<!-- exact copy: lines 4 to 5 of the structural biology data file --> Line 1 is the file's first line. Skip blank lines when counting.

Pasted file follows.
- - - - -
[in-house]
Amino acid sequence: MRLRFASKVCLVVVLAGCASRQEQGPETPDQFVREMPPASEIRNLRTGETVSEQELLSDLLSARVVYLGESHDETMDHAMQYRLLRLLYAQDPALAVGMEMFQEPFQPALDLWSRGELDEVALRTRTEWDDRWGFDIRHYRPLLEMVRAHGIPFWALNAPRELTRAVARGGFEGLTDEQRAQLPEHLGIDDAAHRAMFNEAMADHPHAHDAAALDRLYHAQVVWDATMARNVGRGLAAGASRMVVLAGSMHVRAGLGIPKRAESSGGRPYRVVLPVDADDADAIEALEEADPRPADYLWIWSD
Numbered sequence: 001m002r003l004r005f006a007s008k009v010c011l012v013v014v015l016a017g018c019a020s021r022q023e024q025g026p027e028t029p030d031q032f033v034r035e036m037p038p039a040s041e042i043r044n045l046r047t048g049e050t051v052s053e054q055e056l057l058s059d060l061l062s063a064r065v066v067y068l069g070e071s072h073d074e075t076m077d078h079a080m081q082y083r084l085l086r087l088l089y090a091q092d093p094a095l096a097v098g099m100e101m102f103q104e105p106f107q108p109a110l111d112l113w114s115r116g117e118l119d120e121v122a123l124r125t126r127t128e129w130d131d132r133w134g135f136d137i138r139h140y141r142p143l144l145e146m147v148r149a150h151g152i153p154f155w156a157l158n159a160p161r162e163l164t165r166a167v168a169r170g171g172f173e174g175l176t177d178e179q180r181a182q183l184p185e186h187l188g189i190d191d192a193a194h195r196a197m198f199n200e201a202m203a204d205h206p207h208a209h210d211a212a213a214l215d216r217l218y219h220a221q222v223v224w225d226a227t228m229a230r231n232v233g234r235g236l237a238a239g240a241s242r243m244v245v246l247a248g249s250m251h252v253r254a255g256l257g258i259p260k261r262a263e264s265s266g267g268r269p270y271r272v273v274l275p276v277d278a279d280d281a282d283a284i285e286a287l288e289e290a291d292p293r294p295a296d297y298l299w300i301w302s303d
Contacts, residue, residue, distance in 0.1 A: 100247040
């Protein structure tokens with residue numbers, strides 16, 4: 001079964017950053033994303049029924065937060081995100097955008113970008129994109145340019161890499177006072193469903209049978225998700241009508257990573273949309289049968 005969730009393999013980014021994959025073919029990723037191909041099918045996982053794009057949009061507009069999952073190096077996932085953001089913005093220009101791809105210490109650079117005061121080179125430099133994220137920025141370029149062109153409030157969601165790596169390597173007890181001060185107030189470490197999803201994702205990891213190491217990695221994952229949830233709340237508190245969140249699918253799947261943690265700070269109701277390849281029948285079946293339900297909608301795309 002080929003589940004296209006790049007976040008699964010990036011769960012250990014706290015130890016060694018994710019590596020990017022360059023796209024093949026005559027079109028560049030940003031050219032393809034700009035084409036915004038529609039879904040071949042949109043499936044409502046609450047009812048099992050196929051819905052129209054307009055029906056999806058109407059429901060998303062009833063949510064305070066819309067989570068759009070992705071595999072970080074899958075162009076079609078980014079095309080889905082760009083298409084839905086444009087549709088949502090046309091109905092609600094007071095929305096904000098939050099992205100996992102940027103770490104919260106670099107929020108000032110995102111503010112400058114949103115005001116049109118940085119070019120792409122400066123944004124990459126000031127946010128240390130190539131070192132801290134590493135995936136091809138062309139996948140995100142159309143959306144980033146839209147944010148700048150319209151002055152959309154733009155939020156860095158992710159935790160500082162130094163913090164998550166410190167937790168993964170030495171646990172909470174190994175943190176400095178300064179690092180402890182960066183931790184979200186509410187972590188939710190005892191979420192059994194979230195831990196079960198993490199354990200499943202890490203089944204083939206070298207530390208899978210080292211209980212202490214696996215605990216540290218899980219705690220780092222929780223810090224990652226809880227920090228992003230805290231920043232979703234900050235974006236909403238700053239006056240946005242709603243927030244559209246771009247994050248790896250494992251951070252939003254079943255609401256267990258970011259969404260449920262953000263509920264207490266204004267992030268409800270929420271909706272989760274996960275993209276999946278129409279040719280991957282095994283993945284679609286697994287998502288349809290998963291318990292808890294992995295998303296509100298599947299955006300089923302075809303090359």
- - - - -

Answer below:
Contacts, residue, residue, distance in 0.1 A: 100247040
């Protein structure tokens with residue numbers, strides 16, 4: 001079964017950053033994303049029924065937060081995100097955008113970008129994109145340019161890499177006072193469903209049978225998700241009508257990573273949309289049968 005969730009393999013980014021994959025073919029990723037191909041099918045996982053794009057949009061507009069999952073190096077996932085953001089913005093220009101791809105210490109650079117005061121080179125430099133994220137920025141370029149062109153409030157969601165790596169390597173007890181001060185107030189470490197999803201994702205990891213190491217990695221994952229949830233709340237508190245969140249699918253799947261943690265700070269109701277390849281029948285079946293339900297909608301795309 002080929003589940004296209006790049007976040008699964010990036011769960012250990014706290015130890016060694018994710019590596020990017022360059023796209024093949026005559027079109028560049030940003031050219032393809034700009035084409036915004038529609039879904040071949042949109043499936044409502046609450047009812048099992050196929051819905052129209054307009055029906056999806058109407059429901060998303062009833063949510064305070066819309067989570068759009070992705071595999072970080074899958075162009076079609078980014079095309080889905082760009083298409084839905086444009087549709088949502090046309091109905092609600094007071095929305096904000098939050099992205100996992102940027103770490104919260106670099107929020108000032110995102111503010112400058114949103115005001116049109118940085119070019120792409122400066123944004124990459126000031127946010128240390130190539131070192132801290134590493135995936136091809138062309139996948140995100142159309143959306144980033146839209147944010148700048150319209151002055152959309154733009155939020156860095158992710159935790160500082162130094163913090164998550166410190167937790168993964170030495171646990172909470174190994175943190176400095178300064179690092180402890182960066183931790184979200186509410187972590188939710190005892191979420192059994194979230195831990196079960198993490199354990200499943202890490203089944204083939206070298207530390208899978210080292211209980212202490214696996215605990216540290218899980219705690220780092222929780223810090224990652226809880227920090228992003230805290231920043232979703234900050235974006236909403238700053239006056240946005242709603243927030244559209246771009247994050248790896250494992251951070252939003254079943255609401256267990258970011259969404260449920262953000263509920264207490266204004267992030268409800270929420271909706272989760274996960275993209276999946278129409279040719280991957282095994283993945284679609286697994287998502288349809290998963291318990292808890294992995295998303296509100298599947299955006300089923302075809303090359």